Agricultural industry group Agri SA has welcomed the country’s move to a level 1 lockdown, but has queried the continued restrictions around the sale of alcohol in the county which it describes as a ‘punch in the gut’.
Under the country’s move to a level 1 lockdown, alcohol for home consumption can be sold between 09h00 – 17h00 from Monday to Friday. On-site consumption will be allowed subject to adherence to the evening curfew which runs from 00h00 – 04h00.
“The reopening of all economic sectors will contribute to much-needed economic growth. For this reason, the ban on the sale of wine in stores and on wine farms, especially over weekends, makes no sense,” Agri SA said.
The group said that the continued restrictions will have an extremely negative impact on the sustainability of wine farms which attract a large number of visitors and tourists, particularly over weekends.
Wine farms rely on direct sales from cellars for home consumption and that the industry is being denied an opportunity to recover economically.
“South Africa must now use every opportunity for economic recovery and to get those industries brought to their knees by the stringent Covid restrictions back on track,” said Christo van der Rheede, deputy executive director of Agri SA.
Vinpro, a non-profit company which represents 3,500 South African wine producers in the country, said that the wine sector is a major contributor to domestic and international tourism in South Africa.
“We appreciate that tourism is regarded as a sector that can promote economic recovery,” said Rico Basson, managing director of VinPro.
Basson said that the relaxation of the rules for consumption on the premises, as well as indoor and outdoor events, should unlock opportunities for the sector to recover.
“The continued restrictions on sales for home consumption over weekends according to the direct Covid protocol are disappointing for the 530 wine cellars which rely on direct sales from cellar doors for home consumption.
“This comes during a time when the wine industry, with a significant number of small and medium enterprises, is in dire need of economic recovery, job retention and growth.”
Kurt Moore, chief executive of the South African Liquor Brand owners Association (SALBA), said the liquor industry acknowledges the challenges facing the government in its efforts to stem the pandemic and prevent a second wave of infections, but that the focus should shift to rebuilding the economy.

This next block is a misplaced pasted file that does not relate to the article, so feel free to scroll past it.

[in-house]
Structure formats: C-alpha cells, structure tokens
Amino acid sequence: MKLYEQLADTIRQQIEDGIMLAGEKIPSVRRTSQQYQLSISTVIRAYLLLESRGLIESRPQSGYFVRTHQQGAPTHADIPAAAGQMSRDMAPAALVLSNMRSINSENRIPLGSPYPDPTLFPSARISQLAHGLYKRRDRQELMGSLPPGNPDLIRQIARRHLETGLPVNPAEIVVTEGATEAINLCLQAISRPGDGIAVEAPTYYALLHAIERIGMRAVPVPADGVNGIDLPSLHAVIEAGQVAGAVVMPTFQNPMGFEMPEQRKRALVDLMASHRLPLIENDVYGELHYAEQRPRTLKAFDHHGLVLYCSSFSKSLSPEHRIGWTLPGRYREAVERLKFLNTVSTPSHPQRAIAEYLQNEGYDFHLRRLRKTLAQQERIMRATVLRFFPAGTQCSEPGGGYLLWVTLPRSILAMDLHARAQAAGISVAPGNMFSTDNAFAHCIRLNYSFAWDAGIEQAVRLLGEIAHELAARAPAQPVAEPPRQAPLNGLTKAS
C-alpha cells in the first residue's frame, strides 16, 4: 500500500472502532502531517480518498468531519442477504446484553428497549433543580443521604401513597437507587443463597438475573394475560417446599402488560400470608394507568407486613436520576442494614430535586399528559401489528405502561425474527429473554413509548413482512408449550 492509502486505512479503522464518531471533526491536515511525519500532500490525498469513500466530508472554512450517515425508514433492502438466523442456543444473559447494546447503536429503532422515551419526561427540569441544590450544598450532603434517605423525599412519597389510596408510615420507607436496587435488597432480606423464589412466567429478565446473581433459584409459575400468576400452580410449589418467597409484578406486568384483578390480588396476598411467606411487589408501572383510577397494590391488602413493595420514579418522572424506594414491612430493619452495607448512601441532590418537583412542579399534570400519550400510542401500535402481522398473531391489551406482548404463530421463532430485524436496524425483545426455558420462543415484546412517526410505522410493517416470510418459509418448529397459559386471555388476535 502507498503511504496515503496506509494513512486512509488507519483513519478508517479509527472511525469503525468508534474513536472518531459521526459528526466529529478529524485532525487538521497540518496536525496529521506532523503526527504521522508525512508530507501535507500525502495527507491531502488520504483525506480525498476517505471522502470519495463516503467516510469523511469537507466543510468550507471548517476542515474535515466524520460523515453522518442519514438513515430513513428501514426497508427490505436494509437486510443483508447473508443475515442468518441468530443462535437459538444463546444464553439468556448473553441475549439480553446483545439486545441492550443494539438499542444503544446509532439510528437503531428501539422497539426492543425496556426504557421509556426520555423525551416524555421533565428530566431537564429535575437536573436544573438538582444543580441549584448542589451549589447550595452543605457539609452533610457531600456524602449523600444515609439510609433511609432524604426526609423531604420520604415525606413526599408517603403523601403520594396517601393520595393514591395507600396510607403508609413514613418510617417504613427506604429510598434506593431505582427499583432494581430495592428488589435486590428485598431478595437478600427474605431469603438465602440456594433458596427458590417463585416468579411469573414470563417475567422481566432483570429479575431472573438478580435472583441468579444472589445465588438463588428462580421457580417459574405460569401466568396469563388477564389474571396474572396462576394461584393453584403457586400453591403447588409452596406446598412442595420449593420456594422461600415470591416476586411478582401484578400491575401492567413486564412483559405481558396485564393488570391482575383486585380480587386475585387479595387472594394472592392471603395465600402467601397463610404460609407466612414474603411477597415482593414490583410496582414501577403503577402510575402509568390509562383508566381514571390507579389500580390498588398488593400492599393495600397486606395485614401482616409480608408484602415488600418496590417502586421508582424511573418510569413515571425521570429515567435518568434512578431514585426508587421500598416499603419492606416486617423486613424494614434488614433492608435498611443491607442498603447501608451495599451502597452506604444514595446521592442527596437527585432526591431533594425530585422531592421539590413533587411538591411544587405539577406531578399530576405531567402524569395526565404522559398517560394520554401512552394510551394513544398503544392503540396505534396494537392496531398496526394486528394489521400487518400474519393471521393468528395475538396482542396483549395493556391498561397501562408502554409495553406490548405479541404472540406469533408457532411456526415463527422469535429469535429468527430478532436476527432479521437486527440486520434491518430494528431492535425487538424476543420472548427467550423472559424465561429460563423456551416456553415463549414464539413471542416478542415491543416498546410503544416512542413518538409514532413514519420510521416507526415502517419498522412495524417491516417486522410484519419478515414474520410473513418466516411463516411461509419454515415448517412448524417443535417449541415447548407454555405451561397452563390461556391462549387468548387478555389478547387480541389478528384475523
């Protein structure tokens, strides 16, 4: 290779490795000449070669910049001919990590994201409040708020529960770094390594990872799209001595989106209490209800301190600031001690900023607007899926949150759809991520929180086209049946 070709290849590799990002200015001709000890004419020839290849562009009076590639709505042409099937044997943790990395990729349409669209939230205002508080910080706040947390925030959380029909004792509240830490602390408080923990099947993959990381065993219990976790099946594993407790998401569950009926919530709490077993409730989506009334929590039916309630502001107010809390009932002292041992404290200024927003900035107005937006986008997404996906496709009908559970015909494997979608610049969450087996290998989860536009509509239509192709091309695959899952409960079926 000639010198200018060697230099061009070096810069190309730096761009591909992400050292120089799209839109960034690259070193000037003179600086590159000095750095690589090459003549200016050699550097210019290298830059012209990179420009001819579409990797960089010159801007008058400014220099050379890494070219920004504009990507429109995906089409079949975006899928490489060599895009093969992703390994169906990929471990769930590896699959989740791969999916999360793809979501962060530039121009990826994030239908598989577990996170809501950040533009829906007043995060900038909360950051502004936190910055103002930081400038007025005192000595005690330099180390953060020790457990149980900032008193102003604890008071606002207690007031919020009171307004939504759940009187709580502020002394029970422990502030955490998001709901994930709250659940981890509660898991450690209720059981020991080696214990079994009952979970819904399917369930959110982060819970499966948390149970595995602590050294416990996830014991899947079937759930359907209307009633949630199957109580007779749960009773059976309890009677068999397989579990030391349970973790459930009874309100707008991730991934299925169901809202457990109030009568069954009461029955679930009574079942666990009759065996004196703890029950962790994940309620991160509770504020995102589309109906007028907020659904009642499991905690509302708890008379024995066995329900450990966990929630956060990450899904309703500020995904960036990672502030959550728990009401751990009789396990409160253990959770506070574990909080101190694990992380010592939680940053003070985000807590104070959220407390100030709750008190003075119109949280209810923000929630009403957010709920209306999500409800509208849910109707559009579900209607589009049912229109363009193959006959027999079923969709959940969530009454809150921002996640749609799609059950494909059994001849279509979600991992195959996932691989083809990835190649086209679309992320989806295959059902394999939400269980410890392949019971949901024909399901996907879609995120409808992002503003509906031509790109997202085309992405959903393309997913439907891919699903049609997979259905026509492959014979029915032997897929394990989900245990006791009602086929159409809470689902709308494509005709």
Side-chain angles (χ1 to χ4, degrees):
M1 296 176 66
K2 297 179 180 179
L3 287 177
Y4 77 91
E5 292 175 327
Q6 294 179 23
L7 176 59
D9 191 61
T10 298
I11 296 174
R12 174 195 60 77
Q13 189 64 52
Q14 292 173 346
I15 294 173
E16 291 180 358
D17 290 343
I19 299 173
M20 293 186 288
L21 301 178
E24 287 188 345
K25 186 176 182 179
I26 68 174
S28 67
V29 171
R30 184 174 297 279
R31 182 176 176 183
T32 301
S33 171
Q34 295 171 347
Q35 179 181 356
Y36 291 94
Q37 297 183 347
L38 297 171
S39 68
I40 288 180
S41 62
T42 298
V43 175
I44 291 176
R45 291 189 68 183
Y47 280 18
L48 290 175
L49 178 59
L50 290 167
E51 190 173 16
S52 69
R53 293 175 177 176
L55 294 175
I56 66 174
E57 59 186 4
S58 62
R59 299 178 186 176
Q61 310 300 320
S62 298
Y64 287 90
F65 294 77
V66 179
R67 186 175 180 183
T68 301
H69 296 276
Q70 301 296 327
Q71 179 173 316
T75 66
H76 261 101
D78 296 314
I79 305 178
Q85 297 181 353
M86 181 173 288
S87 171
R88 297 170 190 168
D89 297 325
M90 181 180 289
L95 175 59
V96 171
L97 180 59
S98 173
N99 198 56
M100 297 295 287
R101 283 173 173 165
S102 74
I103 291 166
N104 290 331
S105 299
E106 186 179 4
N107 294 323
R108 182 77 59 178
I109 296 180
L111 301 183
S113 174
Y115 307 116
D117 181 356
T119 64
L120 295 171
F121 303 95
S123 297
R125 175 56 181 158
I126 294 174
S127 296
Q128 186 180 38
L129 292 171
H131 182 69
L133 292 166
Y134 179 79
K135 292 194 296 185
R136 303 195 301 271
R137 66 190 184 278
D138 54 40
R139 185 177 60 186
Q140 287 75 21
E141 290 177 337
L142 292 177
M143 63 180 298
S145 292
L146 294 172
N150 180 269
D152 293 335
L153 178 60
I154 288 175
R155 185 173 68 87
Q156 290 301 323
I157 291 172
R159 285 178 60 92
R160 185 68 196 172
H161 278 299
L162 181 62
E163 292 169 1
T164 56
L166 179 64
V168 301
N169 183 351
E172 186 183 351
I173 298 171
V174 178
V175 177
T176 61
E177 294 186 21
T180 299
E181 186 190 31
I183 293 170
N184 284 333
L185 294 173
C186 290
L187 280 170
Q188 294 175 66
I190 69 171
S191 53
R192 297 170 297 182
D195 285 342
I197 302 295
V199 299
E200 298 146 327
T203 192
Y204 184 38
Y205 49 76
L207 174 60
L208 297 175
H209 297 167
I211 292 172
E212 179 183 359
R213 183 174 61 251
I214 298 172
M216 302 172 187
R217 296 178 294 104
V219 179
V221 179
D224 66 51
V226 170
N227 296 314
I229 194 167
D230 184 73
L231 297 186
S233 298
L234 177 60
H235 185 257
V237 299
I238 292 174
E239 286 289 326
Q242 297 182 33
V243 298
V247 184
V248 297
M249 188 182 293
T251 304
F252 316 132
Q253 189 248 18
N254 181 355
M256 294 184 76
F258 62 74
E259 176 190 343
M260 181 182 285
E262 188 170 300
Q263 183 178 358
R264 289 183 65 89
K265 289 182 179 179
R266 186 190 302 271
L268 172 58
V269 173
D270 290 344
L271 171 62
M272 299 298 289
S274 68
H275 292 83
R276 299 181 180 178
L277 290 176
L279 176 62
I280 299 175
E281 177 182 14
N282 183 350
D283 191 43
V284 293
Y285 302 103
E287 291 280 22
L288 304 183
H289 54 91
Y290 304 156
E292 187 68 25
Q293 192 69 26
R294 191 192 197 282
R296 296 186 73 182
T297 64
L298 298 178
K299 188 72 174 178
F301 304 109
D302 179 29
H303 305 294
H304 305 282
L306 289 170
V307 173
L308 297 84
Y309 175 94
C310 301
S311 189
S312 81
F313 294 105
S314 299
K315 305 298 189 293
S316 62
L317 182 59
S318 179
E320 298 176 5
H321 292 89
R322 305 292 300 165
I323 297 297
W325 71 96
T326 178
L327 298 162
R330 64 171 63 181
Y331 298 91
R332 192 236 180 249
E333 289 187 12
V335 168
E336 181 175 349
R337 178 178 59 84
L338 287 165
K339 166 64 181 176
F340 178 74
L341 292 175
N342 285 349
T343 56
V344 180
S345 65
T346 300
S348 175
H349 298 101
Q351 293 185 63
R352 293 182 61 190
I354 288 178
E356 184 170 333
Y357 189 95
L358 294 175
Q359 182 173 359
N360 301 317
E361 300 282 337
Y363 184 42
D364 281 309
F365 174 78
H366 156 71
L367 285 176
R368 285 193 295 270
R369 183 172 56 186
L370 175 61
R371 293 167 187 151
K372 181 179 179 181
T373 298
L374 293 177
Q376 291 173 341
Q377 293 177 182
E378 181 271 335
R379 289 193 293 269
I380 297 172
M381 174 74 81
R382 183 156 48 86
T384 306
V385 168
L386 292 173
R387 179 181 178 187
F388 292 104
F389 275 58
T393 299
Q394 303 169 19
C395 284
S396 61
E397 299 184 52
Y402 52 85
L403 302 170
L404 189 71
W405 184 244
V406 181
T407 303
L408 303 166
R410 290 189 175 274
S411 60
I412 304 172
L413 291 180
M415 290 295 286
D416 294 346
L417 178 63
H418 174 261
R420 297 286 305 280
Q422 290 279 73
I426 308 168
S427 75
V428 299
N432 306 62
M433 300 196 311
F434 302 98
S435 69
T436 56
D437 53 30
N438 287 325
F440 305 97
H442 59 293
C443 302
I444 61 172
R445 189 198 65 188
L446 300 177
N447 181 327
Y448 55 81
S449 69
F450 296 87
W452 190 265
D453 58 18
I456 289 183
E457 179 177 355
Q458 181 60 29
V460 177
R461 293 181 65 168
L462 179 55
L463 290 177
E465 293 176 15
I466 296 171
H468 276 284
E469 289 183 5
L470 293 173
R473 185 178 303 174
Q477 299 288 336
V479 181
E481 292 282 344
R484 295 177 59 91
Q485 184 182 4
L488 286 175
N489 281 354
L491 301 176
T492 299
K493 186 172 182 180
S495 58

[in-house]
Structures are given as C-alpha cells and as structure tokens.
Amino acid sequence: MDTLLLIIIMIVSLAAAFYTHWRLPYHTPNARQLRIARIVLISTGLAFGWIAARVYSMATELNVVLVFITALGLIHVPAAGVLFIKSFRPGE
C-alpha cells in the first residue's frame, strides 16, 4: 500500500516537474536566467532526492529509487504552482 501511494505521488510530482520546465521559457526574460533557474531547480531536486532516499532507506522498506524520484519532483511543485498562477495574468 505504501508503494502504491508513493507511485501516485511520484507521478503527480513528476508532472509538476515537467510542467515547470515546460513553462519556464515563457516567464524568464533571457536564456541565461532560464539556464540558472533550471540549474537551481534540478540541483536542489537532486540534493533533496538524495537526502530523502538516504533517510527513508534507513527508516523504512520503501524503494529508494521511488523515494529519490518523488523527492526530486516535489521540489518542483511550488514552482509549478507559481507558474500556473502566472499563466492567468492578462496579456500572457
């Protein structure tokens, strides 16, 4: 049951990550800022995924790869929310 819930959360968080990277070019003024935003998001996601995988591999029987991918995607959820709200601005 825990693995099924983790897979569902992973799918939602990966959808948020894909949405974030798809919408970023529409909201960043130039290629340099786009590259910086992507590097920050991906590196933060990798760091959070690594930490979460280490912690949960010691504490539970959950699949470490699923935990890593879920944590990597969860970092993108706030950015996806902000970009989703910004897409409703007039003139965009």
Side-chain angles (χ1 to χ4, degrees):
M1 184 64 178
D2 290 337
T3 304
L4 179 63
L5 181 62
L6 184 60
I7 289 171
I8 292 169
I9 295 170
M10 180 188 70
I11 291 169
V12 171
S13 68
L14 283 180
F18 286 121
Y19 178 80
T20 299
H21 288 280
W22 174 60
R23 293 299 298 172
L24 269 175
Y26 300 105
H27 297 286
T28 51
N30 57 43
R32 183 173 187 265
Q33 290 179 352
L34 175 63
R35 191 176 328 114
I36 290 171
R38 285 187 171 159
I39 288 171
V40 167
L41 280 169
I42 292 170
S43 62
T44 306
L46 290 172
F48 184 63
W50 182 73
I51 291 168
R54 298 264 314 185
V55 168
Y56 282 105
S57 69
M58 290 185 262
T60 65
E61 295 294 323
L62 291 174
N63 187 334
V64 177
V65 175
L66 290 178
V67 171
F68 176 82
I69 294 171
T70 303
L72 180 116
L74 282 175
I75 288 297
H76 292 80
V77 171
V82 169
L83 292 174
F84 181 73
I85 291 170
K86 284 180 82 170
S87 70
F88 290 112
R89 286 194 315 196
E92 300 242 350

“Extension of trading days to Friday for off-consumption and two hours extension for on-consumption to midnight is a step in the right direction, but not far enough for our sector that is struggling to recover from the two waves of bans on formal sales of alcohol during the lockdown,” said Moore.
Moore said that a key priority for the country should be to focus on the economic recovery plan as discussed at Nedlac. He said that this is why the sector was disappointed that the government did not allow off-consumption outlets to trade in terms of their licensing conditions or at least engage in some trade on weekends.
“Critical to the economic recovery is the efficient collection of existing revenue and the urgent need to close tax leakages from illicit alcohol trade. Limitations in the weekend off-consumption sale of alcohol continue to provide an opportunity for the illicit networks to expand,” said Moore.
New social compact
While some members are unhappy with the latest rules, the liquor industry has reiterated its commitment to partnering in a new social compact with the government to save businesses and jobs in the sector.
The sector has committed an investment of R150 million into direct harm reduction interventions and programmes over the coming year to assist the government in dealing with the health and social burden of alcohol misuse.
“As an industry we recognise that we have a collective responsibility to protect all our livelihoods as part of the alcohol value chain. Consumers, equally, have a responsibility to behave appropriately and not expose themselves and others to unnecessary harm and potential infection,” said Moore.
Lucky Ntimane, convener of the National Liquor Traders Council, welcomed the decision. “We welcome the two-hour extension in trading hours for taverns.
“This provides an opportunity for the sector to continue to recover. The amendment to 50% capacity instead of 50 people only, provides better variance of application of the rules between outlets with big or small capacity for patrons.”
Patricia Pillay, chief executive of the Beer Association of South Africa, said that South Africans also need to do their part in changing damaging behaviours.
“We are appealing to consumers to play their part in changing our drinking culture and assist in enforcing these measures. We are calling on consumers to moderate their use of alcohol and to behave responsibly as consumers,” she said.
“We advocate a zero tolerance for drinking and driving, and the need to take steps to reduce the numbers of drunk pedestrians on the streets.”